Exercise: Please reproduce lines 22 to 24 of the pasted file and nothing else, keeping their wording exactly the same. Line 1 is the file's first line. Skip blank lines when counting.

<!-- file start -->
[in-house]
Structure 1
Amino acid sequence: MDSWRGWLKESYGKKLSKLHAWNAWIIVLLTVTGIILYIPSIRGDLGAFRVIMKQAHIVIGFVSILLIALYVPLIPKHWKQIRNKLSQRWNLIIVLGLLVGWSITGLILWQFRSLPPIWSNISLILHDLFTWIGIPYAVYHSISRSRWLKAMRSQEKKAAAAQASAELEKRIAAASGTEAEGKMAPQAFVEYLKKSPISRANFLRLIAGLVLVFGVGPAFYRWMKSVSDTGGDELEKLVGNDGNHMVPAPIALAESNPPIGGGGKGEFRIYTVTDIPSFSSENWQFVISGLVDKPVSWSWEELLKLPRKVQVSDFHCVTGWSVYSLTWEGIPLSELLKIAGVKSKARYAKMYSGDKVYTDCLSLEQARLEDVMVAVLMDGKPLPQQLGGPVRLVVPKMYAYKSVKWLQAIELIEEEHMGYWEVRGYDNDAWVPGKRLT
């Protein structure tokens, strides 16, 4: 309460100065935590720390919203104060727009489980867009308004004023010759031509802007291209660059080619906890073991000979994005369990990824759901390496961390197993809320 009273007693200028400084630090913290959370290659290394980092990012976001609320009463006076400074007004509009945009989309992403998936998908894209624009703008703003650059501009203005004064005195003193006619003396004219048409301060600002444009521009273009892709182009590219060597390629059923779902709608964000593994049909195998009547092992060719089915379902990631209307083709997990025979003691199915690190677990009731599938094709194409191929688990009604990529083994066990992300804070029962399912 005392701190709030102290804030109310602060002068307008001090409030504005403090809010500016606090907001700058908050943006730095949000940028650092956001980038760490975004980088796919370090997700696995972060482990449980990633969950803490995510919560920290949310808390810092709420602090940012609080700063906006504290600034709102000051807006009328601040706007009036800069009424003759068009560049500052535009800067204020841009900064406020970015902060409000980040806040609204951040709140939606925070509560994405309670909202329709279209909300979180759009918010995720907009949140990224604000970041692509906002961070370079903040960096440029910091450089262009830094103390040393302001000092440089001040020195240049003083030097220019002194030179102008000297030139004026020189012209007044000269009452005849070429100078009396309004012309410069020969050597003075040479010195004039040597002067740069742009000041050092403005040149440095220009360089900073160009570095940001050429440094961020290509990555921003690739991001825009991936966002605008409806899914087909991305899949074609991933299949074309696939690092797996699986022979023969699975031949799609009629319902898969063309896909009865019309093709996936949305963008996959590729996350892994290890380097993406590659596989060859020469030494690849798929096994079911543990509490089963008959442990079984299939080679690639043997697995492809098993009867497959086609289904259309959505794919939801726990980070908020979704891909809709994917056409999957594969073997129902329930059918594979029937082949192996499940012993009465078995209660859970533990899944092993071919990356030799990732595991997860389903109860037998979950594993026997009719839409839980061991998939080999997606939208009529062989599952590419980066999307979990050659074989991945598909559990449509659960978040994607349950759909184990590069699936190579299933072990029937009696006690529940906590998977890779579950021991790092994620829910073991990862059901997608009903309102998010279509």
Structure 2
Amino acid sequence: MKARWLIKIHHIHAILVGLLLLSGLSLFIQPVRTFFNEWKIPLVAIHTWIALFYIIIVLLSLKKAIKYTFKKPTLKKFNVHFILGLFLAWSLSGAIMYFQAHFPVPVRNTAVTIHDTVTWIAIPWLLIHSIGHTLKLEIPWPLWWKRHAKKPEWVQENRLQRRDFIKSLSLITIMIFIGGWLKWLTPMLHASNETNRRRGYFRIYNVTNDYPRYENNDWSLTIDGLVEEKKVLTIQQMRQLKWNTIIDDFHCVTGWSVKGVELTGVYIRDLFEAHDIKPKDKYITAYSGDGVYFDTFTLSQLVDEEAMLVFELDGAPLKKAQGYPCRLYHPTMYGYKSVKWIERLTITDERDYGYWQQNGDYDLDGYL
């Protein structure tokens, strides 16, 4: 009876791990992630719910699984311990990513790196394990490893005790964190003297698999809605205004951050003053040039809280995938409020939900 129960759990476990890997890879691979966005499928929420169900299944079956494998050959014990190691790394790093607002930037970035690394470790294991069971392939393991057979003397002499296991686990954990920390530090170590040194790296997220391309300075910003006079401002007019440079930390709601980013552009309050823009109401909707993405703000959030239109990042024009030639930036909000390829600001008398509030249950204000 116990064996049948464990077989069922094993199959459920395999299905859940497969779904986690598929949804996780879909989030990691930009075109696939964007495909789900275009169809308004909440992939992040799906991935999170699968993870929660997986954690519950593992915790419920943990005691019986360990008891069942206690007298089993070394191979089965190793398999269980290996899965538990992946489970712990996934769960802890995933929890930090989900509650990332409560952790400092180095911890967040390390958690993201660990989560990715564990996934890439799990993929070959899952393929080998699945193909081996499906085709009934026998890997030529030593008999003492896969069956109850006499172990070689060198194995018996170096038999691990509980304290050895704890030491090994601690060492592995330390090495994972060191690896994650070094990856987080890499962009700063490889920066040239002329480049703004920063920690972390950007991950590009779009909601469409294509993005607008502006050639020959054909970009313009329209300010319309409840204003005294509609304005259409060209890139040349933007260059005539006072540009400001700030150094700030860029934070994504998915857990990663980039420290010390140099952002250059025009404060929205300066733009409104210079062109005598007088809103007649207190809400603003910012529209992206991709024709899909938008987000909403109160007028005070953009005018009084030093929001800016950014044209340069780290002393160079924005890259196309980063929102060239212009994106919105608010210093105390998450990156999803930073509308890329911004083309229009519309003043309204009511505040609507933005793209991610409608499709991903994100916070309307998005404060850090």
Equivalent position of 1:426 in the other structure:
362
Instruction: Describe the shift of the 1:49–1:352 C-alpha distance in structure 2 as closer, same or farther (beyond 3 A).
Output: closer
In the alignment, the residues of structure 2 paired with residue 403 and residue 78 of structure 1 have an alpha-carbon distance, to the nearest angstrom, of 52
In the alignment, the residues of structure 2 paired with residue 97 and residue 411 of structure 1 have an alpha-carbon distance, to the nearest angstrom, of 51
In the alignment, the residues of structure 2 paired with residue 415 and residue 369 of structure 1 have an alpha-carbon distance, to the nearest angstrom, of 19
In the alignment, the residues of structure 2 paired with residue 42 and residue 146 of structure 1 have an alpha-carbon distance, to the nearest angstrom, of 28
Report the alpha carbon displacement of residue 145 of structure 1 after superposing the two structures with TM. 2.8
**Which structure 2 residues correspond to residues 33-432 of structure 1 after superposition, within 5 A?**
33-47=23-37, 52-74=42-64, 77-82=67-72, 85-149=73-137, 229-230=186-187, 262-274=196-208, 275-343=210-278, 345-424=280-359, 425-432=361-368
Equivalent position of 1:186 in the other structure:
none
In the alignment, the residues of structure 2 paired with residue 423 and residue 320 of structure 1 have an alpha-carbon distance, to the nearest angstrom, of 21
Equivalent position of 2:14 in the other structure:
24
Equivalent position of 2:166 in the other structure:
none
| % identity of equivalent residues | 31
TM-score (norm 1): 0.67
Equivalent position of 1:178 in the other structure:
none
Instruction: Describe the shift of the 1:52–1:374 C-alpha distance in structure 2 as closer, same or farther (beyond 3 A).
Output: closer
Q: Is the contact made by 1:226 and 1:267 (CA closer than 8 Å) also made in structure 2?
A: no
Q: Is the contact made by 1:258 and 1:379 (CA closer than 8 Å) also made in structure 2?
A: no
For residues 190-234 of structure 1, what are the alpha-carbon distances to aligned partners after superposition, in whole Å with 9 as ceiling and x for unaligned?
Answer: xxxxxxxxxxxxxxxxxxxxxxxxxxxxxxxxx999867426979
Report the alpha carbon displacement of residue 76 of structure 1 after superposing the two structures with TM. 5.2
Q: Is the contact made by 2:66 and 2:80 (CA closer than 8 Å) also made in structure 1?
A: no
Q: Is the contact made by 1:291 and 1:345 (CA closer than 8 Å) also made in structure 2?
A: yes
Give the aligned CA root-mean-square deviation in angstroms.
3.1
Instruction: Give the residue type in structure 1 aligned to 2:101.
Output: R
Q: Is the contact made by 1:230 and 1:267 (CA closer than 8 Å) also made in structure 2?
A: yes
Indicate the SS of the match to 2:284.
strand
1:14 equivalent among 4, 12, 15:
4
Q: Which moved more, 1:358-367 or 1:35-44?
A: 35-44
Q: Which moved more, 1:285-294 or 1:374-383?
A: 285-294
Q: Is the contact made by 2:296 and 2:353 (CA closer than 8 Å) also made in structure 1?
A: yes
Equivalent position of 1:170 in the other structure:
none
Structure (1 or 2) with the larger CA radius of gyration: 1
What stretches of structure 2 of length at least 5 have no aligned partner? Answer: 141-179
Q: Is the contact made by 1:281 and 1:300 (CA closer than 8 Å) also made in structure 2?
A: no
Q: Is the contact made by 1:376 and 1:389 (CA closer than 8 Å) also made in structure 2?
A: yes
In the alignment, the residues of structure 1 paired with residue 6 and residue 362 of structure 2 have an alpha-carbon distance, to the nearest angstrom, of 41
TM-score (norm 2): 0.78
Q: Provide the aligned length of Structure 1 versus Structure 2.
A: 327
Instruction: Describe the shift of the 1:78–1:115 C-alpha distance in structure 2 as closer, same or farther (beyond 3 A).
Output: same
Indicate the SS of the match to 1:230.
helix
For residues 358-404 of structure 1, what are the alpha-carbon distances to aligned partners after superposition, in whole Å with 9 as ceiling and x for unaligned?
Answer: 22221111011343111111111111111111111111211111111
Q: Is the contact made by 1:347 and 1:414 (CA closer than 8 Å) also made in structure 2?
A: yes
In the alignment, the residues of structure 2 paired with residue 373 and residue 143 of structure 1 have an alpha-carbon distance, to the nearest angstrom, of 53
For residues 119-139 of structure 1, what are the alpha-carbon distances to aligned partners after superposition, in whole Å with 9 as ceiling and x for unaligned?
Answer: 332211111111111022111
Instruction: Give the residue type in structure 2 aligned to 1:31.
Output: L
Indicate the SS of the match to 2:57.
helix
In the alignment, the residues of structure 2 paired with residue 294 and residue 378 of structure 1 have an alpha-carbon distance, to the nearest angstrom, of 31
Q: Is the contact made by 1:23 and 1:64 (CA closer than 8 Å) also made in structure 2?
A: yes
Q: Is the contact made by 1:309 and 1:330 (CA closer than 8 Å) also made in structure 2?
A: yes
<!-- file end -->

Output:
Equivalent position of 2:14 in the other structure:
24
Equivalent position of 2:166 in the other structure: